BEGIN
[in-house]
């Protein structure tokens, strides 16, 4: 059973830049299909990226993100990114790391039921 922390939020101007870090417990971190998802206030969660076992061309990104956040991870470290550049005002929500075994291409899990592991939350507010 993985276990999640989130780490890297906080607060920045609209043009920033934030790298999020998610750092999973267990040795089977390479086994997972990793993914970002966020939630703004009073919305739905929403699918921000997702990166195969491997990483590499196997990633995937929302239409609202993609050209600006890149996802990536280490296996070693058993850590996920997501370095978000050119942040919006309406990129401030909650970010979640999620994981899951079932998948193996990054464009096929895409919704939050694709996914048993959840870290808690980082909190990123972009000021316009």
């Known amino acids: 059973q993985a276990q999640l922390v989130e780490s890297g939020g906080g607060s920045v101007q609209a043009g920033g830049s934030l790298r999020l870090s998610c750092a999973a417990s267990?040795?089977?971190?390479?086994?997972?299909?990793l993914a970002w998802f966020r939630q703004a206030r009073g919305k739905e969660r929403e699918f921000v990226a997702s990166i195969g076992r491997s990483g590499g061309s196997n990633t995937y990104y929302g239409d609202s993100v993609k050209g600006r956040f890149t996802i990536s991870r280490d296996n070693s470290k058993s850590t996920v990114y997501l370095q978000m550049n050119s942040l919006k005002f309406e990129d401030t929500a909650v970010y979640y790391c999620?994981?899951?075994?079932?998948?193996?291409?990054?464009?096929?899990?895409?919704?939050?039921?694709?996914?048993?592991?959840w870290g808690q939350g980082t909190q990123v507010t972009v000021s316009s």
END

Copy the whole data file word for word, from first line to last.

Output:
[in-house]
């Protein structure tokens, strides 16, 4: 059973830049299909990226993100990114790391039921 922390939020101007870090417990971190998802206030969660076992061309990104956040991870470290550049005002929500075994291409899990592991939350507010 993985276990999640989130780490890297906080607060920045609209043009920033934030790298999020998610750092999973267990040795089977390479086994997972990793993914970002966020939630703004009073919305739905929403699918921000997702990166195969491997990483590499196997990633995937929302239409609202993609050209600006890149996802990536280490296996070693058993850590996920997501370095978000050119942040919006309406990129401030909650970010979640999620994981899951079932998948193996990054464009096929895409919704939050694709996914048993959840870290808690980082909190990123972009000021316009």
């Known amino acids: 059973q993985a276990q999640l922390v989130e780490s890297g939020g906080g607060s920045v101007q609209a043009g920033g830049s934030l790298r999020l870090s998610c750092a999973a417990s267990?040795?089977?971190?390479?086994?997972?299909?990793l993914a970002w998802f966020r939630q703004a206030r009073g919305k739905e969660r929403e699918f921000v990226a997702s990166i195969g076992r491997s990483g590499g061309s196997n990633t995937y990104y929302g239409d609202s993100v993609k050209g600006r956040f890149t996802i990536s991870r280490d296996n070693s470290k058993s850590t996920v990114y997501l370095q978000m550049n050119s942040l919006k005002f309406e990129d401030t929500a909650v970010y979640y790391c999620?994981?899951?075994?079932?998948?193996?291409?990054?464009?096929?899990?895409?919704?939050?039921?694709?996914?048993?592991?959840w870290g808690q939350g980082t909190q990123v507010t972009v000021s316009s």